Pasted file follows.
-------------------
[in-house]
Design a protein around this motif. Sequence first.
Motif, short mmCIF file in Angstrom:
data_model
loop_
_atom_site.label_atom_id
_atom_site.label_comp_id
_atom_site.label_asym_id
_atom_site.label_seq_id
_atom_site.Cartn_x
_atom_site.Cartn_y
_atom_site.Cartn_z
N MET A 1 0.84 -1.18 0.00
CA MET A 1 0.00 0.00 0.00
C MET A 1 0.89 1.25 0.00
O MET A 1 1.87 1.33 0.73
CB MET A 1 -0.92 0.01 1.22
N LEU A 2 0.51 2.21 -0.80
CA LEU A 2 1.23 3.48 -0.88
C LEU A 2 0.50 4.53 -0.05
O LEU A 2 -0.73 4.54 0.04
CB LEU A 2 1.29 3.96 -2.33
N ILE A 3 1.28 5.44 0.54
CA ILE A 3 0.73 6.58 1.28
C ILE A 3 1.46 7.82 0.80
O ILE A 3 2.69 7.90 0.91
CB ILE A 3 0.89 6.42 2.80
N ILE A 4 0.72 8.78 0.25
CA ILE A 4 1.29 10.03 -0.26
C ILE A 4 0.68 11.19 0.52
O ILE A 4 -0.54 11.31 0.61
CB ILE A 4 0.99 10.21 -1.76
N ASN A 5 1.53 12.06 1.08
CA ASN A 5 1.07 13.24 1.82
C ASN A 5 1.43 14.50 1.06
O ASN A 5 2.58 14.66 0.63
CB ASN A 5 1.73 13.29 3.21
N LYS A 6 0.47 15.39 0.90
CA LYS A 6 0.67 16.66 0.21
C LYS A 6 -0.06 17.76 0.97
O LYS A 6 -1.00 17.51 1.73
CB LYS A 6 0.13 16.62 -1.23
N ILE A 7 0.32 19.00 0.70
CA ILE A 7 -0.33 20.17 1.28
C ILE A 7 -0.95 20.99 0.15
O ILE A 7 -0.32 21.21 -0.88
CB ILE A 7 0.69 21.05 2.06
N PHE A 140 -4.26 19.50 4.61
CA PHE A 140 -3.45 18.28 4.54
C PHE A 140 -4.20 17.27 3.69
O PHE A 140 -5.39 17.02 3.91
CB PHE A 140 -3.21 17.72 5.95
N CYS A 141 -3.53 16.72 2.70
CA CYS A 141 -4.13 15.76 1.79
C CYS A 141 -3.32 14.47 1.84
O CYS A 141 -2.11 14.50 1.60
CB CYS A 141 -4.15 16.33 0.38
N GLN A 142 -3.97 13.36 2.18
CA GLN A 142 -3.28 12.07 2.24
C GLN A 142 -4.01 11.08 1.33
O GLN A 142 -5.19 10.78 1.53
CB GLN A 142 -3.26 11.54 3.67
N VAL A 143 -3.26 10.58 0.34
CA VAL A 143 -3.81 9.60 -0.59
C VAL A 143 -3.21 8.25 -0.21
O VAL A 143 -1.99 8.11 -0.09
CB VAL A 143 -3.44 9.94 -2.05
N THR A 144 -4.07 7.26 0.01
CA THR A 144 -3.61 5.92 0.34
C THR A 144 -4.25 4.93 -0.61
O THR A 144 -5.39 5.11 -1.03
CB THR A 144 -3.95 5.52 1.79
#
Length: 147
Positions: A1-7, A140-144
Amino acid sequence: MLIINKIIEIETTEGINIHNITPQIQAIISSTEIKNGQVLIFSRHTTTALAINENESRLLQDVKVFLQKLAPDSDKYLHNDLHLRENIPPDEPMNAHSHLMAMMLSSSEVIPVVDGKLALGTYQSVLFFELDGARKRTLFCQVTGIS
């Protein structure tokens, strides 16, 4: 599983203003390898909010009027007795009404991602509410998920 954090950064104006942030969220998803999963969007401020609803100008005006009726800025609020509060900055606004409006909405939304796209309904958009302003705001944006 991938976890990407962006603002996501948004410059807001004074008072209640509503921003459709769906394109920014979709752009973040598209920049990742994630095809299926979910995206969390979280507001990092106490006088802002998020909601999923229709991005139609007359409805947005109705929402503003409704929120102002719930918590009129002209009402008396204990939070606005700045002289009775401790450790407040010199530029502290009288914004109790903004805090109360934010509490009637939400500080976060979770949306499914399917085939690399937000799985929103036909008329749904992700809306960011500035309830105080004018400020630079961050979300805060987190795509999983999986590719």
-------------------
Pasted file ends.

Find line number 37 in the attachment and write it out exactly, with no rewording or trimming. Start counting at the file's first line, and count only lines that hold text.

CB ASN A 5 1.73 13.29 3.21